Amber Barger is currently serving as a Kiva Fellow in Mongolia. She has lived for the past two years in rural Mongolia as a community economic development Peace Corps Volunteer. She is also extending a third year with the Peace Corps as a Peace Corps Volunteer Leader.

Entry filed under: KF12 (Kiva Fellows 12th Class), Mongolia. Tags: , , , , , , , , , , .

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  • 1. S Boone  |  1 September 2010 at 14:07

    If a PCV develops a medical condition in country, is there any post assignment (many years) assistance available?

    • 2. Sam  |  12 October 2010 at 02:29

      Depends, but for the most part the answer is yes.

  • 3. David Oglaza  |  16 August 2010 at 14:29

    I met a lot of peace corps during my time in Nepal and I think you should continue to work in and with KIVA. The aims are the same

  • […] here for more on Amber’s blog post. […]

  • 5. Alexis  |  15 August 2010 at 22:57

    I am an RPCV (Guatemala 07-09) and a former Kiva fellow (KF11, Bolivia). I agree that PC and Kiva fellows are two VERY different experiences. As a PCV, I lived in a rural municipality working with schools on health. As a Kiva fellow, I lived in the capital and worked with microfinance institutions. My Peace Corps experience was fantastic preparation for my Kiva fellowship because it prepared me well for the challenges I would face. The integration skills I acquired during my two years in Guatemala allowed me to successfully integrate into Bolivian culture which was key to the completion of my workplan. I encourage RPCVs who are interested in continuing in the sector of international development to consider Kiva fellows (on the flip side, I also encourage Kiva fellows to apply to Peace Corps :). It’s a great way to gain a new perspective on development work. Kiva (and PC) love!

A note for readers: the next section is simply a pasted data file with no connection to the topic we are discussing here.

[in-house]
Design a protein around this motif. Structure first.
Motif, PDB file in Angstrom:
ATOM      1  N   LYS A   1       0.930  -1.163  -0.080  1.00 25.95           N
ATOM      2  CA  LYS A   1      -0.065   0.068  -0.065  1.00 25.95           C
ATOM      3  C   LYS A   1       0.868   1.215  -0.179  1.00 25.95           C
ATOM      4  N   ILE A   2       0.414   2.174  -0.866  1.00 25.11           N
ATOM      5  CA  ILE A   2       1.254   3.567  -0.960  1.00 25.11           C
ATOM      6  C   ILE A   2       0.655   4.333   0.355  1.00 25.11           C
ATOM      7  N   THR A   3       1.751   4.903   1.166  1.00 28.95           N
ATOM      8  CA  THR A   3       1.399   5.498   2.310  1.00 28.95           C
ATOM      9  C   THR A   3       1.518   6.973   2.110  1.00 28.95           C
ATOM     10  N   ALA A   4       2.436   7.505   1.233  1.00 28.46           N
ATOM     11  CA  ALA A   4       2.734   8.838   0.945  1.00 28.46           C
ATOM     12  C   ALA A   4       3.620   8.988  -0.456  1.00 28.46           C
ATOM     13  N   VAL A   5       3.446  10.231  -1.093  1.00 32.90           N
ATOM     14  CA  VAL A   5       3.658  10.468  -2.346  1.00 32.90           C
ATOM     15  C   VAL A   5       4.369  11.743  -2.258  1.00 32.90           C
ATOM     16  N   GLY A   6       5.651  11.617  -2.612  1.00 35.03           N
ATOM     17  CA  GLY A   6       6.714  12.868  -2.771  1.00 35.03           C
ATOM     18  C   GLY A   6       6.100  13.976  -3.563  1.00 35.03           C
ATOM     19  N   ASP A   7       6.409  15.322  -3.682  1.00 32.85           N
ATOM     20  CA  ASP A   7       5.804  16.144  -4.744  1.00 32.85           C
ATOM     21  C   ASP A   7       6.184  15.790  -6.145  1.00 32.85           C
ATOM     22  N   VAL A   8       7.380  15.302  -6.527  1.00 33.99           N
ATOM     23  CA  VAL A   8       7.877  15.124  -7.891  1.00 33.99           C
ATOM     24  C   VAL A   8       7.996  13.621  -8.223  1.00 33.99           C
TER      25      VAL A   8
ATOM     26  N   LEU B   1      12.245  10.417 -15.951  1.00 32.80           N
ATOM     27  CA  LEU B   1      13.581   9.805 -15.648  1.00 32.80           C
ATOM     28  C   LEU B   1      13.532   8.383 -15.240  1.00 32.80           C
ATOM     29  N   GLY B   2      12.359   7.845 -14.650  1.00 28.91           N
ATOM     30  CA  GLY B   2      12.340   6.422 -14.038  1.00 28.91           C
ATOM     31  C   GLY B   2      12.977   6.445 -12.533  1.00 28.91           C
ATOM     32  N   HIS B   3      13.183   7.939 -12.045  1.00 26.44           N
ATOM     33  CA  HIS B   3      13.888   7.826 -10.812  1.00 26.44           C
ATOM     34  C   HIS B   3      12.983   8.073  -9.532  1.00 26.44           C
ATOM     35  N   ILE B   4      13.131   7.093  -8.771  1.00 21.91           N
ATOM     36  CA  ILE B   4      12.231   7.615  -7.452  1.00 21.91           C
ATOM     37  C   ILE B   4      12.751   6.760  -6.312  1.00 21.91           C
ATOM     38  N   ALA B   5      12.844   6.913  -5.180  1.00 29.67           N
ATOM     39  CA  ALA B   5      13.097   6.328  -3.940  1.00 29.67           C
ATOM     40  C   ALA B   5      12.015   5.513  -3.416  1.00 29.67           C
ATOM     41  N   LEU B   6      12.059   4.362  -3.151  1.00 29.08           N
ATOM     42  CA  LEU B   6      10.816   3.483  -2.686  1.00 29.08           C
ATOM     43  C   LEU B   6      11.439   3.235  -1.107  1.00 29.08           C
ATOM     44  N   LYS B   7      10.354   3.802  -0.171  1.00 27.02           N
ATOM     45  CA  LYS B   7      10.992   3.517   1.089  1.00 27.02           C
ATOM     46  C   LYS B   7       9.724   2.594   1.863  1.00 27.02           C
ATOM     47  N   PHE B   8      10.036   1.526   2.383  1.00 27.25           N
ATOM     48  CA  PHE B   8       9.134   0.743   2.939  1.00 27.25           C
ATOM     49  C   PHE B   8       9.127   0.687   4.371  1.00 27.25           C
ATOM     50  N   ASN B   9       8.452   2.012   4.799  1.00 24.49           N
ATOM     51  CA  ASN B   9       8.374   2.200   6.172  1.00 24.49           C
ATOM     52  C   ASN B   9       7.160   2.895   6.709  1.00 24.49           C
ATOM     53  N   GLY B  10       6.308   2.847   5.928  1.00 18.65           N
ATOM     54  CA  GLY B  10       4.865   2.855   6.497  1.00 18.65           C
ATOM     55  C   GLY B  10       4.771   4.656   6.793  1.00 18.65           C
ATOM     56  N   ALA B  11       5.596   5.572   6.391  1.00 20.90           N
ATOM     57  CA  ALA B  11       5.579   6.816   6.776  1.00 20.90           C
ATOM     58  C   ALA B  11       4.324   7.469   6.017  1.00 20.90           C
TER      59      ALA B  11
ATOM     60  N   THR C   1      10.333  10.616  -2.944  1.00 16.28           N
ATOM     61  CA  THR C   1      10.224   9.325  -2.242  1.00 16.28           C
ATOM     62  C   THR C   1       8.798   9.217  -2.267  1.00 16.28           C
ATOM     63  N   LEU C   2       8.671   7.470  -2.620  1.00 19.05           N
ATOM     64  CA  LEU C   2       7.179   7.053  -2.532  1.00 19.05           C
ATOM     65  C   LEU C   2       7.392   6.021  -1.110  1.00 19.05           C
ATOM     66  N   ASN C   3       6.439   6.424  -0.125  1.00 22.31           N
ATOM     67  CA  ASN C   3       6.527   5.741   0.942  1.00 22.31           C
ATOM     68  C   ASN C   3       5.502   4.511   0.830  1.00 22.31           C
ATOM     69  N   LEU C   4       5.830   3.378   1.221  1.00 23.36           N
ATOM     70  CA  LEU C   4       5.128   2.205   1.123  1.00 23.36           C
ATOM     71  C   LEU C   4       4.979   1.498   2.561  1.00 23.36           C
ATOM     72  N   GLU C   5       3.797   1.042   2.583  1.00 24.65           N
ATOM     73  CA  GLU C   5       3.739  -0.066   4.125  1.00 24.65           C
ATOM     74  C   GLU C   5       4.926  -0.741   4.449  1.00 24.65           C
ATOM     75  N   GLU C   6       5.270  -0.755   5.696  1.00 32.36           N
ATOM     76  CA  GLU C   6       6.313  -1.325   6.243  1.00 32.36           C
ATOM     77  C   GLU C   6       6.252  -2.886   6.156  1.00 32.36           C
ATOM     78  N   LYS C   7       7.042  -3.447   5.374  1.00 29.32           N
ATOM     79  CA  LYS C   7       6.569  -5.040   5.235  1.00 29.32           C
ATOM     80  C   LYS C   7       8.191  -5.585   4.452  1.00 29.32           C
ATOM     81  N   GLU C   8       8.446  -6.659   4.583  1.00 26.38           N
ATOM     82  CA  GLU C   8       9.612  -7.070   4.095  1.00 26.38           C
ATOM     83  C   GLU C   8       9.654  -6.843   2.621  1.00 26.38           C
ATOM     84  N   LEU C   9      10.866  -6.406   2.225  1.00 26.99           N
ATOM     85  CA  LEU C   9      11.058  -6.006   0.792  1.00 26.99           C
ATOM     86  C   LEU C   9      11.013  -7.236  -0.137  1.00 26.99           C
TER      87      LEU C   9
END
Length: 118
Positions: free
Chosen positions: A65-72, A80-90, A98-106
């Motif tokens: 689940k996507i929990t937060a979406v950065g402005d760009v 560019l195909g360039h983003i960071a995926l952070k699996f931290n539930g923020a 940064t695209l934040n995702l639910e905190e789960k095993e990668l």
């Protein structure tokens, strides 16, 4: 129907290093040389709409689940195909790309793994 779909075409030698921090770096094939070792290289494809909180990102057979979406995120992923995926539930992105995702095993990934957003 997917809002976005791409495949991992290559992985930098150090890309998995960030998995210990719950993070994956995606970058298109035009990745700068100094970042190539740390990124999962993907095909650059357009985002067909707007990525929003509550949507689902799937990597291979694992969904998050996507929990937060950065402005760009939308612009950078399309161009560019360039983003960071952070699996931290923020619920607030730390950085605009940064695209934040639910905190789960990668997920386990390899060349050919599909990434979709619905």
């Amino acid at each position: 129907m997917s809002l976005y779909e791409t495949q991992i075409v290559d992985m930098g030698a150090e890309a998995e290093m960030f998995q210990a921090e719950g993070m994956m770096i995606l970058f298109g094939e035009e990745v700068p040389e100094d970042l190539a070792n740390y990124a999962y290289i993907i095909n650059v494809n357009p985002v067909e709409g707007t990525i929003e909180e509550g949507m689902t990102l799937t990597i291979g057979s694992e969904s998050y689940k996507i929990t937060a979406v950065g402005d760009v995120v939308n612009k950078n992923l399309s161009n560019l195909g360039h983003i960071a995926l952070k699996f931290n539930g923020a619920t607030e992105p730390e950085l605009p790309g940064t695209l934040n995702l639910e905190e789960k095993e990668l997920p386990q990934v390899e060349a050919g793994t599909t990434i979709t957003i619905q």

• 6. asb353  |  14 August 2010 at 16:13